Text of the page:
FCA has published an anonymised warning notice it has issued to a firm in relation to financial crime failings in some of its cum/ex trading. The notice relates to activities during 2015, and FCA found that, for offshore company clients, including from the BVI and Cayman Islands, and many individual US 401k pension plans previously unknown to the firm, there was a high scale and volume of transactions, and the clients had no apparent access to funds to settle them. Also they were controlled by a small number of individuals, some of whom had worked for entities that had introduced the business to the firm.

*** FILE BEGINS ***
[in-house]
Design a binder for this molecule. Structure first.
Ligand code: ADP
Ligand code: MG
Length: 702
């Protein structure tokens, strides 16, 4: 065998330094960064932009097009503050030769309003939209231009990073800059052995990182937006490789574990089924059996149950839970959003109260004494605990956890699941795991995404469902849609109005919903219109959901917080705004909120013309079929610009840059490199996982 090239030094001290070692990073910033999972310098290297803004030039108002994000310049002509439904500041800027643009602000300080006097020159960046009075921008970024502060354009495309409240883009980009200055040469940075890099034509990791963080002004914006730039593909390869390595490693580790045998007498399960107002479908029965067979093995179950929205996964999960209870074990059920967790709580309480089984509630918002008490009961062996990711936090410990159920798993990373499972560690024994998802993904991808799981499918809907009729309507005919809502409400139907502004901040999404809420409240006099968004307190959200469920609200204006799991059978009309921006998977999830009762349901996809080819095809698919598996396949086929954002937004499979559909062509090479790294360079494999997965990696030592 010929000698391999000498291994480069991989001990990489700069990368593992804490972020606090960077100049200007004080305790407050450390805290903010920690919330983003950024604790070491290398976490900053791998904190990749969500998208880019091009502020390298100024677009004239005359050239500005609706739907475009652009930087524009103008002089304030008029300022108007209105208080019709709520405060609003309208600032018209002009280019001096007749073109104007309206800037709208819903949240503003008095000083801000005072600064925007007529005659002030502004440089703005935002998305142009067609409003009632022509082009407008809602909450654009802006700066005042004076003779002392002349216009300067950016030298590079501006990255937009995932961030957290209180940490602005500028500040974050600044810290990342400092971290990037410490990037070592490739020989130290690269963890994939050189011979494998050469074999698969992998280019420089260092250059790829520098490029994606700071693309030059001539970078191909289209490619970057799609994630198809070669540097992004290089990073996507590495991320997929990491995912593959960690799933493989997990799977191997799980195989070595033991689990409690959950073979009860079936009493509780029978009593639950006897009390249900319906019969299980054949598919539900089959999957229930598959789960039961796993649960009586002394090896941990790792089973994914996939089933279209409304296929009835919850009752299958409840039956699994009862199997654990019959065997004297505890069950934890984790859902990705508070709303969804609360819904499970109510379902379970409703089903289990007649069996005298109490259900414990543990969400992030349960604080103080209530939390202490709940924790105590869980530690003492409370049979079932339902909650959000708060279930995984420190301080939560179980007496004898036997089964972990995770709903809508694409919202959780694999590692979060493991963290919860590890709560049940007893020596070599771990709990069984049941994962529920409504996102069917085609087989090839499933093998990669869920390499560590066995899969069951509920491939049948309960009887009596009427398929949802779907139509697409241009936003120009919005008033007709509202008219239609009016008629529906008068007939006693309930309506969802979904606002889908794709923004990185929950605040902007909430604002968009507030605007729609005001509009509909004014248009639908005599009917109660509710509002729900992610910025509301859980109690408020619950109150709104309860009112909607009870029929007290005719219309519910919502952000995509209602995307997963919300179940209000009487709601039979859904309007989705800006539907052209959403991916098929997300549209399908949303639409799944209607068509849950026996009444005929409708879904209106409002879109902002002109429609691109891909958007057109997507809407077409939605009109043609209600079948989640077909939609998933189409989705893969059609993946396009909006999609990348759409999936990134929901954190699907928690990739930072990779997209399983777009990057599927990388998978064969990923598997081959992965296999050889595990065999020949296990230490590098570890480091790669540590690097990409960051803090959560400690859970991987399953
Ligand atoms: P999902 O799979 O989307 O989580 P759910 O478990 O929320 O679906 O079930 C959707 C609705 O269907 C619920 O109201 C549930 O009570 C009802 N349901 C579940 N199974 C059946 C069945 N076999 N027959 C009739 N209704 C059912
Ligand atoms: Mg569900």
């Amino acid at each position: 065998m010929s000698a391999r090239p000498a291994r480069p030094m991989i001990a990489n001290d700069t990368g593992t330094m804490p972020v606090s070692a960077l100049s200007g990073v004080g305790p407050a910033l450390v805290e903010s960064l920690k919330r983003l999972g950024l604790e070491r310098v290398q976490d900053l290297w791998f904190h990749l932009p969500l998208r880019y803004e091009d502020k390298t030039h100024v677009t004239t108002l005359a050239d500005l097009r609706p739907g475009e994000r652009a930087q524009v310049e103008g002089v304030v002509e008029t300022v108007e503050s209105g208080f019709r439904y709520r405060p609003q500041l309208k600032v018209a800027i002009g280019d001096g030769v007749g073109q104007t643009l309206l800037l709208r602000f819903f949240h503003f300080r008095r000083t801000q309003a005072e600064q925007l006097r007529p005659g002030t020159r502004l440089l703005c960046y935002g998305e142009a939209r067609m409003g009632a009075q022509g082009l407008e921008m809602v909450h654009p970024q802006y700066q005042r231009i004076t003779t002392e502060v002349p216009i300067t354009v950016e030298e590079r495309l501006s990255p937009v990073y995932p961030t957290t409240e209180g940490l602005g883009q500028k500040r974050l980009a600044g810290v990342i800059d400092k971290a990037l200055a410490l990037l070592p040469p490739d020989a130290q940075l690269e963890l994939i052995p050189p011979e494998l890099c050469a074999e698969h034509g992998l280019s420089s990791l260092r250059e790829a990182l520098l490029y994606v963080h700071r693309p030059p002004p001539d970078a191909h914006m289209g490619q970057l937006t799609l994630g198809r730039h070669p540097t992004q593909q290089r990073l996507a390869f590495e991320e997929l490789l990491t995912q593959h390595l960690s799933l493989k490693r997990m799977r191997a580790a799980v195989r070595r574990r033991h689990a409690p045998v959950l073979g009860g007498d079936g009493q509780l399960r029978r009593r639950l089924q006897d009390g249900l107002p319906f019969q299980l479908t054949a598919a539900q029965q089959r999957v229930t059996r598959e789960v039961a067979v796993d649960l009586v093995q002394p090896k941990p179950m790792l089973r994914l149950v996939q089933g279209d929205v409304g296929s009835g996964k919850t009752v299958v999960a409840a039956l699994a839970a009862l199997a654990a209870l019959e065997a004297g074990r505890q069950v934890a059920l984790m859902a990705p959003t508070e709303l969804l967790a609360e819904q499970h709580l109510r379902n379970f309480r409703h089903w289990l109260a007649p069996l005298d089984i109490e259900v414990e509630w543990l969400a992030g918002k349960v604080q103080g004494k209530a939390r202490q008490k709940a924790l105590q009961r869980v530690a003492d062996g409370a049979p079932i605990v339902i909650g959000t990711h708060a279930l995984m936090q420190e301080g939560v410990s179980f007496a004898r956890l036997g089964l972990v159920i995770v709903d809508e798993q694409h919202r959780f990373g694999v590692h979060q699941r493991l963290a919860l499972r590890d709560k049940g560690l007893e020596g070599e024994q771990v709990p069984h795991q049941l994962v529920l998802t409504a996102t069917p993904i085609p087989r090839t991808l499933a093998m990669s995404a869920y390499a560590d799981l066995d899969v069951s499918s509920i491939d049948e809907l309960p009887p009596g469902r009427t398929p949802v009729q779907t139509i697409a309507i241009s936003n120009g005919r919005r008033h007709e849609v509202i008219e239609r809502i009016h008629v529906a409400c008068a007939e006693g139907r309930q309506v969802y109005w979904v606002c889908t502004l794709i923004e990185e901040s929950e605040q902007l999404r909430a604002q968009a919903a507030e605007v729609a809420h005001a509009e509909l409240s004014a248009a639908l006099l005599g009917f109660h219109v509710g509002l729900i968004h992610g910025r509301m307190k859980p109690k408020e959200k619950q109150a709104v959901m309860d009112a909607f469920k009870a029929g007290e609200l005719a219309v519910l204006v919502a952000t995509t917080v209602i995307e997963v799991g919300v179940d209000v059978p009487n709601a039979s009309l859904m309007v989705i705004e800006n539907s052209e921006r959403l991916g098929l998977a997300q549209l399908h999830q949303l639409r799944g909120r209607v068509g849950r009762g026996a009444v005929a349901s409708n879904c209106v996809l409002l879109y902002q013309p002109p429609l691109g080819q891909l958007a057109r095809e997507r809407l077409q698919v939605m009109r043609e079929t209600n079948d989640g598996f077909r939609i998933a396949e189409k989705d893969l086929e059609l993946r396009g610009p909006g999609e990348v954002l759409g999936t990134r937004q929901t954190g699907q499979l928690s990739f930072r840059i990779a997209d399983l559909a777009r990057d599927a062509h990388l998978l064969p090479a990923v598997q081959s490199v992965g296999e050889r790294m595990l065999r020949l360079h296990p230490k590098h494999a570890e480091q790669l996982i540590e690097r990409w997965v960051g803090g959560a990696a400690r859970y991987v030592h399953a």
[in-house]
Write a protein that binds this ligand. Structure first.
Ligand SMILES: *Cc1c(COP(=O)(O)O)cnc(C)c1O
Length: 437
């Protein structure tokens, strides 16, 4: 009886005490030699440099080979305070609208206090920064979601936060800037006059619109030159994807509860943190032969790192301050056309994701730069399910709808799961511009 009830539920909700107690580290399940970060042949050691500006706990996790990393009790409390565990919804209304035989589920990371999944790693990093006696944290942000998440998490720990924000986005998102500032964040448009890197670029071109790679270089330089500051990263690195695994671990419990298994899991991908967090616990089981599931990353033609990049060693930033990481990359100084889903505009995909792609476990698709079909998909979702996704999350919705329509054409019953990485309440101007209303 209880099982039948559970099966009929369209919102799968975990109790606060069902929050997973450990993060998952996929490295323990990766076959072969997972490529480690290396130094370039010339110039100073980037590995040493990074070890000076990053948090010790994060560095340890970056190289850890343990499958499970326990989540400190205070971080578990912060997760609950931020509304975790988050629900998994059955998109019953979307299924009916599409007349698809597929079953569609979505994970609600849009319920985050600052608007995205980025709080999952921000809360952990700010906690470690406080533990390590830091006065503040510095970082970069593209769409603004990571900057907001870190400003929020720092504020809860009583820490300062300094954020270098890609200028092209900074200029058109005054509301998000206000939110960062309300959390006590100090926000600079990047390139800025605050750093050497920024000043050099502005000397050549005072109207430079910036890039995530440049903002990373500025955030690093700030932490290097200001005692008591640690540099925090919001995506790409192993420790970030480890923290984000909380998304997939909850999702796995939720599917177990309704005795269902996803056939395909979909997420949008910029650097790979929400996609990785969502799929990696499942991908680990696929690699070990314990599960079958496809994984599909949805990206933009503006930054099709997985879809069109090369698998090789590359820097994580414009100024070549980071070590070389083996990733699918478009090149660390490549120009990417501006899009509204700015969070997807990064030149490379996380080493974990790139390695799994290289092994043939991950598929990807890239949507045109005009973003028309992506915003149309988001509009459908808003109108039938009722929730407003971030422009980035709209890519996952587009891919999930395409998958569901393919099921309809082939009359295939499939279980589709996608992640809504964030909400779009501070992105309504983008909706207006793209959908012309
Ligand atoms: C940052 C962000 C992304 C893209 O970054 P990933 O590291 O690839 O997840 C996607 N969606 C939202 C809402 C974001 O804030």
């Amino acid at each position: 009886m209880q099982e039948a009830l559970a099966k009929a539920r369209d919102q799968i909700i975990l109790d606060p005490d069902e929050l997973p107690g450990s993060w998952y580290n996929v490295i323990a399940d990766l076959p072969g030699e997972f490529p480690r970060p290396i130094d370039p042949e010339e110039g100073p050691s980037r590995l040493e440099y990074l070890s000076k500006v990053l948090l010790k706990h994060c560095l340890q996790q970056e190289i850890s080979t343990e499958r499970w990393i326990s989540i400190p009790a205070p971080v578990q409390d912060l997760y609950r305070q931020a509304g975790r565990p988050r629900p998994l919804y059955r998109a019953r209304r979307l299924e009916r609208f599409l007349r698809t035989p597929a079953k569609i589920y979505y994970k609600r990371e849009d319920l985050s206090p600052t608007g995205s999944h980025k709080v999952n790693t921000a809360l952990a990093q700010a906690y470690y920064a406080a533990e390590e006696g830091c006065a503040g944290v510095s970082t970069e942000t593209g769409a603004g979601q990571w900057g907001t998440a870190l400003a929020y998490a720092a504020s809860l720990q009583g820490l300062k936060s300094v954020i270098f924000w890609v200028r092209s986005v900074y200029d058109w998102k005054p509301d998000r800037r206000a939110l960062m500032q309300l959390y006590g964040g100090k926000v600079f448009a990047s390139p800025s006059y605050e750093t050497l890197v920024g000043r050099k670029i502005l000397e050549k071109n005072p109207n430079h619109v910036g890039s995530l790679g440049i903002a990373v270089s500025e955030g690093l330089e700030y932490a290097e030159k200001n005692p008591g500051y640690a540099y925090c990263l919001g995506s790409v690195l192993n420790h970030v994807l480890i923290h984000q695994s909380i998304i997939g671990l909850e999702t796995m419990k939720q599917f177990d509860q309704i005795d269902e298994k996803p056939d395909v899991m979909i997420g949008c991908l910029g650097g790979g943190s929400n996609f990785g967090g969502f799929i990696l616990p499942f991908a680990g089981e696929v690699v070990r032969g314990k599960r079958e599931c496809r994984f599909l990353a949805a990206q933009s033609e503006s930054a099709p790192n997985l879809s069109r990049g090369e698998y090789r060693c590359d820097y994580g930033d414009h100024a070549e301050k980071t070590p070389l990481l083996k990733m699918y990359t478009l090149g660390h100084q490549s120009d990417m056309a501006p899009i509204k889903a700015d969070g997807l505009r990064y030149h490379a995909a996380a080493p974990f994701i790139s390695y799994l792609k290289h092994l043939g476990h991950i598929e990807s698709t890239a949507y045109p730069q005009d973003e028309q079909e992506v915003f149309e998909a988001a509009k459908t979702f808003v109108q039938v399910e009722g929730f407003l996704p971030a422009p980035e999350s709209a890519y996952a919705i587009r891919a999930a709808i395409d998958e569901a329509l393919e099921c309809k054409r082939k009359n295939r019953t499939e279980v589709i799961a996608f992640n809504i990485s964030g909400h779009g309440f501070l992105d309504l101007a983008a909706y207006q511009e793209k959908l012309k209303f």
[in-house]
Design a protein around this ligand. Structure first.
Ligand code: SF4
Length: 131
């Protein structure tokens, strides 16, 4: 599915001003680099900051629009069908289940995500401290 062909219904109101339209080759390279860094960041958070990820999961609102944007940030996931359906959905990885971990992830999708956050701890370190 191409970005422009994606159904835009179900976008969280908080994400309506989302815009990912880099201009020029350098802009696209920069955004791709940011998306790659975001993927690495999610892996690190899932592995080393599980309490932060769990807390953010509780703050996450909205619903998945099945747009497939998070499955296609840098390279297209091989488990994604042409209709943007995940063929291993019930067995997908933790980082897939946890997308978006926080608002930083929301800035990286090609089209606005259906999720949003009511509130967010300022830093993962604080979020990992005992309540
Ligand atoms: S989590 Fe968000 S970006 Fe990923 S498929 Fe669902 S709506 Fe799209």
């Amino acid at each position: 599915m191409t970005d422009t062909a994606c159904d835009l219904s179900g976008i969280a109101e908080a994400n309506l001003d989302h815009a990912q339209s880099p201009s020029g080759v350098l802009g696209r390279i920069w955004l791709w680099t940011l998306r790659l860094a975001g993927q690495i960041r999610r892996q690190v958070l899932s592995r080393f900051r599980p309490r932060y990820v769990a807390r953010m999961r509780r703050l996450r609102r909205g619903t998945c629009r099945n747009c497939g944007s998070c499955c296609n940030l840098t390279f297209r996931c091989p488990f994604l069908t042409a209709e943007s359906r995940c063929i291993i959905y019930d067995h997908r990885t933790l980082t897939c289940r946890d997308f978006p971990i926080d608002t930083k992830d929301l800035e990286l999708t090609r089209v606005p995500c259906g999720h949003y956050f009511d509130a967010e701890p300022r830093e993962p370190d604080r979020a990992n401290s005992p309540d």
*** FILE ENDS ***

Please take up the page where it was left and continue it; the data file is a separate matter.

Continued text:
FCA has found breaches of Principle 2 and 3, as the firm had inadequate systems and controls to identify and mitigate the risks of being used for money laundering, and did not exercise due skill, care and diligence in applying its AML policies and procedures and in failing to assess, monitor and mitigate the risks these clients posed.
The firm now has the opportunity to make reference to the RDC and potentially the Tribunal.